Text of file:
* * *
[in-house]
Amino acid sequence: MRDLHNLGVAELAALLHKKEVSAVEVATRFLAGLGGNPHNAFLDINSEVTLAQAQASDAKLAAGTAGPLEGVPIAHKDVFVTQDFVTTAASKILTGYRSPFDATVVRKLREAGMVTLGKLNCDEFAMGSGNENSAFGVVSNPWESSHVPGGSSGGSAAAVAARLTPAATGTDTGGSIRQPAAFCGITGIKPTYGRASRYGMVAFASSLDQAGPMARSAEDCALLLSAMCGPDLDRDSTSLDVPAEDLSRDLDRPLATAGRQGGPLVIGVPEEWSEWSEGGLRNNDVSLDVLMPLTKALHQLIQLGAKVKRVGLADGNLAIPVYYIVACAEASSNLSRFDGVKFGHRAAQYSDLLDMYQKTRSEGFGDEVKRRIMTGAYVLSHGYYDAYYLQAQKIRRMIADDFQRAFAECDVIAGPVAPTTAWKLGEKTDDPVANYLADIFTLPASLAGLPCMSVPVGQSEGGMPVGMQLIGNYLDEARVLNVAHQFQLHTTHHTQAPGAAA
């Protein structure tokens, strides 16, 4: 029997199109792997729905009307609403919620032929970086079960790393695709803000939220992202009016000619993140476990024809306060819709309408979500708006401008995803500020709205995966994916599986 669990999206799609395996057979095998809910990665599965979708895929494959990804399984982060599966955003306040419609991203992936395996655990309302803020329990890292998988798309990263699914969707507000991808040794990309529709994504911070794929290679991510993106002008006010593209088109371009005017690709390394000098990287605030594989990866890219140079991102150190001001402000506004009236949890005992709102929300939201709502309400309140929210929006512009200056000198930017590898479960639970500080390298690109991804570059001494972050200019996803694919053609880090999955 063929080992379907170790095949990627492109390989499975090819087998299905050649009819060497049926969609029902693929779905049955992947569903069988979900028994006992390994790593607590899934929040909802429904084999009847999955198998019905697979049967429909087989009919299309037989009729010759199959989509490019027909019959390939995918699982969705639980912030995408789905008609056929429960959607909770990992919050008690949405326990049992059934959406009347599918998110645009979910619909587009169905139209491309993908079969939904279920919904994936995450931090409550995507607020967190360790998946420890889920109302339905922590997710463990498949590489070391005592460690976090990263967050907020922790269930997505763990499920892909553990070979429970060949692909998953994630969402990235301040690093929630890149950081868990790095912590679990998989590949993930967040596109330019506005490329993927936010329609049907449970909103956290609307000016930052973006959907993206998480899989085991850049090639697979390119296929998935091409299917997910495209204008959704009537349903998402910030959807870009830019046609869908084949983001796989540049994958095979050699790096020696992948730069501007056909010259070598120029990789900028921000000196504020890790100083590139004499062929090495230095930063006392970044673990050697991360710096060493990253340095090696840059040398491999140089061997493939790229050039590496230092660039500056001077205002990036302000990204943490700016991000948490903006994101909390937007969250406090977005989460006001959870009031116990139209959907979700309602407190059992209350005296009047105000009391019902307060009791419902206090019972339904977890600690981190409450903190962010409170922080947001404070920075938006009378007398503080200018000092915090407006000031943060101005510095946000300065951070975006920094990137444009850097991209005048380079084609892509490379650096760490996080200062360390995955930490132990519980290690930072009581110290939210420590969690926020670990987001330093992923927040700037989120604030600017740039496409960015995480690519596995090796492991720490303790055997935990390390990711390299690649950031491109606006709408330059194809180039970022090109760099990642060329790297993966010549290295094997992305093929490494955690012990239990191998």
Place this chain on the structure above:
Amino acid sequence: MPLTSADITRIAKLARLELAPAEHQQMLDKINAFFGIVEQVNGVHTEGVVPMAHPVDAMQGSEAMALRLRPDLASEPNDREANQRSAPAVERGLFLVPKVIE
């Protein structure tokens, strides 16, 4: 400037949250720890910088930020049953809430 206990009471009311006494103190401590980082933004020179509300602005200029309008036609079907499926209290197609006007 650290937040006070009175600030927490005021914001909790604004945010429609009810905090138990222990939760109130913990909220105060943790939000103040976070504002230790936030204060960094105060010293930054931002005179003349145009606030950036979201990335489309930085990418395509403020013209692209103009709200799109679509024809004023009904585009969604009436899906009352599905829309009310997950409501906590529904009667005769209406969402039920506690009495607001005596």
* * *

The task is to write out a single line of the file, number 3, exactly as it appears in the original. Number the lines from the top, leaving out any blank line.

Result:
């Protein structure tokens, strides 16, 4: 029997199109792997729905009307609403919620032929970086079960790393695709803000939220992202009016000619993140476990024809306060819709309408979500708006401008995803500020709205995966994916599986 669990999206799609395996057979095998809910990665599965979708895929494959990804399984982060599966955003306040419609991203992936395996655990309302803020329990890292998988798309990263699914969707507000991808040794990309529709994504911070794929290679991510993106002008006010593209088109371009005017690709390394000098990287605030594989990866890219140079991102150190001001402000506004009236949890005992709102929300939201709502309400309140929210929006512009200056000198930017590898479960639970500080390298690109991804570059001494972050200019996803694919053609880090999955 063929080992379907170790095949990627492109390989499975090819087998299905050649009819060497049926969609029902693929779905049955992947569903069988979900028994006992390994790593607590899934929040909802429904084999009847999955198998019905697979049967429909087989009919299309037989009729010759199959989509490019027909019959390939995918699982969705639980912030995408789905008609056929429960959607909770990992919050008690949405326990049992059934959406009347599918998110645009979910619909587009169905139209491309993908079969939904279920919904994936995450931090409550995507607020967190360790998946420890889920109302339905922590997710463990498949590489070391005592460690976090990263967050907020922790269930997505763990499920892909553990070979429970060949692909998953994630969402990235301040690093929630890149950081868990790095912590679990998989590949993930967040596109330019506005490329993927936010329609049907449970909103956290609307000016930052973006959907993206998480899989085991850049090639697979390119296929998935091409299917997910495209204008959704009537349903998402910030959807870009830019046609869908084949983001796989540049994958095979050699790096020696992948730069501007056909010259070598120029990789900028921000000196504020890790100083590139004499062929090495230095930063006392970044673990050697991360710096060493990253340095090696840059040398491999140089061997493939790229050039590496230092660039500056001077205002990036302000990204943490700016991000948490903006994101909390937007969250406090977005989460006001959870009031116990139209959907979700309602407190059992209350005296009047105000009391019902307060009791419902206090019972339904977890600690981190409450903190962010409170922080947001404070920075938006009378007398503080200018000092915090407006000031943060101005510095946000300065951070975006920094990137444009850097991209005048380079084609892509490379650096760490996080200062360390995955930490132990519980290690930072009581110290939210420590969690926020670990987001330093992923927040700037989120604030600017740039496409960015995480690519596995090796492991720490303790055997935990390390990711390299690649950031491109606006709408330059194809180039970022090109760099990642060329790297993966010549290295094997992305093929490494955690012990239990191998």